Jon Hawkins - Surrey Hills Photography

There is no mistaking those jewel-like red eyes and that black zig-zag pattern. Adders are incredibly charismatic and completely gorgeous, most commonly spotted basking in the sunshine in woodland glades, on moorlands or on heathlands. They are very shy and will only ever bite as a last form of defence when they are surprised or disturbed, preferring to slither away and hide. Though these snakes are venomous, bites are really only dangerous to the very young, ill or old, causing nothing more than some pain and nasty inflammation in healthy adults.

Male adders perform an incredible ‘dance’ in the spring: a duel that fends off competition for mates. Female adders are easy to tell apart due to their reddish-brown colour (males are more silvery-grey), and like common lizards, incubate their eggs internally. The best time to see adders are the first warm days of March, just before mating season, when they bask on logs or under warm rocks.

Where to see adders:

Grass snake

A grass snake swimming through water in a pond

Terry Whittaker/2020VISION

The grass snake is our longest snake, but don’t be scared – it is completely harmless. Unlike the adder, grass snakes spend most of their time in water. Found in wetland and grassland habitats, and even in gardens with a pond nearby, they hunt amphibians like frogs and newts as well as fish, small mammals and birds.

The beautiful markings of the grass snake are unmistakeable: greenish in colour with a yellow and black collar, and black markings down the sides. Females lay eggs in rotting vegetation such as compost heaps, and like all reptiles, grass snakes hibernate between October and April. You are most likely to see one hunting in a pond during spring.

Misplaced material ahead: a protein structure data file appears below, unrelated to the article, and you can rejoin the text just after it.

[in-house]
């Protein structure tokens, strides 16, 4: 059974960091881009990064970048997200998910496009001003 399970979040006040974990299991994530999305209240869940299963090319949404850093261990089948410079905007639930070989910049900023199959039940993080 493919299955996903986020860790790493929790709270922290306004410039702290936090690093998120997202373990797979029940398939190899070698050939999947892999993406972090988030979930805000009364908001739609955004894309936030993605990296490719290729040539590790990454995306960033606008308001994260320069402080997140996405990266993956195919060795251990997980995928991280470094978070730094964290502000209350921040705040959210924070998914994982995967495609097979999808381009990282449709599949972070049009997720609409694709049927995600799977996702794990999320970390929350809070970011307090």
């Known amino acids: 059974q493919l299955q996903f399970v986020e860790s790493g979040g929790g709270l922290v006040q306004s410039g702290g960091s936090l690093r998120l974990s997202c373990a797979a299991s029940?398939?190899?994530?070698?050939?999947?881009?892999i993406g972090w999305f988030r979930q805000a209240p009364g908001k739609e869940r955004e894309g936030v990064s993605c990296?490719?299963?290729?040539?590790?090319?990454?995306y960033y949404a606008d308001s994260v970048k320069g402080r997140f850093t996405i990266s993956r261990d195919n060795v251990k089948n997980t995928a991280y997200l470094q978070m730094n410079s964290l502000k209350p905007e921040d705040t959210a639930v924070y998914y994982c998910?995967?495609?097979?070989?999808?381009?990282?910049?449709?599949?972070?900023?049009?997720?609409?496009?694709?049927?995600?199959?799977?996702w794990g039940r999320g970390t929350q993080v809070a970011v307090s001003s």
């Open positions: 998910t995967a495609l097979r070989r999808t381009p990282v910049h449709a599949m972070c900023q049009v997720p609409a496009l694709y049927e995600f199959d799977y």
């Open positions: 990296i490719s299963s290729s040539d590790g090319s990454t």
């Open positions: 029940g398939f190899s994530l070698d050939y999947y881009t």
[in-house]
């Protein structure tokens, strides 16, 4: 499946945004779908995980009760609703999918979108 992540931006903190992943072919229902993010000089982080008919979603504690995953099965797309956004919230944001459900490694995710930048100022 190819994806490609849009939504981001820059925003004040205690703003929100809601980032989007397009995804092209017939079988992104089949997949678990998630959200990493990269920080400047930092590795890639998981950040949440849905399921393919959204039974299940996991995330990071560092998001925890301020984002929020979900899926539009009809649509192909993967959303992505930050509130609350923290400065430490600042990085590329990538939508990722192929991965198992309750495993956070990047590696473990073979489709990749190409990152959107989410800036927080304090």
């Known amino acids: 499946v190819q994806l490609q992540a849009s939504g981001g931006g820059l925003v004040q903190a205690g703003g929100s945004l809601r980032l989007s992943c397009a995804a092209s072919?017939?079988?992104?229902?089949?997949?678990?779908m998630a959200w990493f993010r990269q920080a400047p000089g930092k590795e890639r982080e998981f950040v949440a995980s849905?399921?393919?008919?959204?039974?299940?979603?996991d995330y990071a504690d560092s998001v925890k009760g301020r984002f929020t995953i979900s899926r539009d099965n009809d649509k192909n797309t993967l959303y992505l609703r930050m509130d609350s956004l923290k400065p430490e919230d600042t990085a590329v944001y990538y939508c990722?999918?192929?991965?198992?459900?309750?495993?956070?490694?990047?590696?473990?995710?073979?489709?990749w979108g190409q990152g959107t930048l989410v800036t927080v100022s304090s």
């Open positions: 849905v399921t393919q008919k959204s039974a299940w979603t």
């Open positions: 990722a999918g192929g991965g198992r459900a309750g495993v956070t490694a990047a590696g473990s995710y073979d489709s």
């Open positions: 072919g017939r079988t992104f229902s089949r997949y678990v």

Where to see grass snakes:

  • No official hotspots, but there are scattered records across Lancashire
A smooth snake coiled up on a pile of twigs

Steve Davis

Other reptiles in the UK

There is one UK reptile that we don’t have in the North West: the smooth snake. This is the UKs rarest reptile and only found in a handful of southern lowland heath sites. It is the UKs answer to the boa constrictor, coiling up around its prey to subdue it and often crush it to death.

Reptile-watching tips

Thanks to dedicated habitat restoration work by staff and volunteers here at Lancashire Wildlife Trust, reptiles have the chance to thrive across many of our nature reserves. That said, they are shy by nature and there is no guarantee of seeing one. Here are some tips:

  • Tread lightly and carefully, as reptiles are sensitive to vibrations and may scarper at the first hint of a footstep.
  • Look for reptiles early in the morning, when they are basking but haven’t had chance to warm up properly yet. They will be less likely to run or slither away.
  • Keep your eyes peeled around south-facing walls, rocks and tree stumps that catch the best of the sunlight.
  • Carefully check under the corrugated iron mats left for reptiles on some nature reserves.
  • Create a hibernaculum for reptiles and amphibians in your garden using this tutorial.
  • Adders are particularly sensitive to disturbance, so watch from a respectable distance and don’t be tempted to try and pick them up.

Have you seen any of these reptiles on your adventures through Lancashire, Greater Manchester or North Merseyside? Share your pictures with us on Facebook, Twitter or Instagram.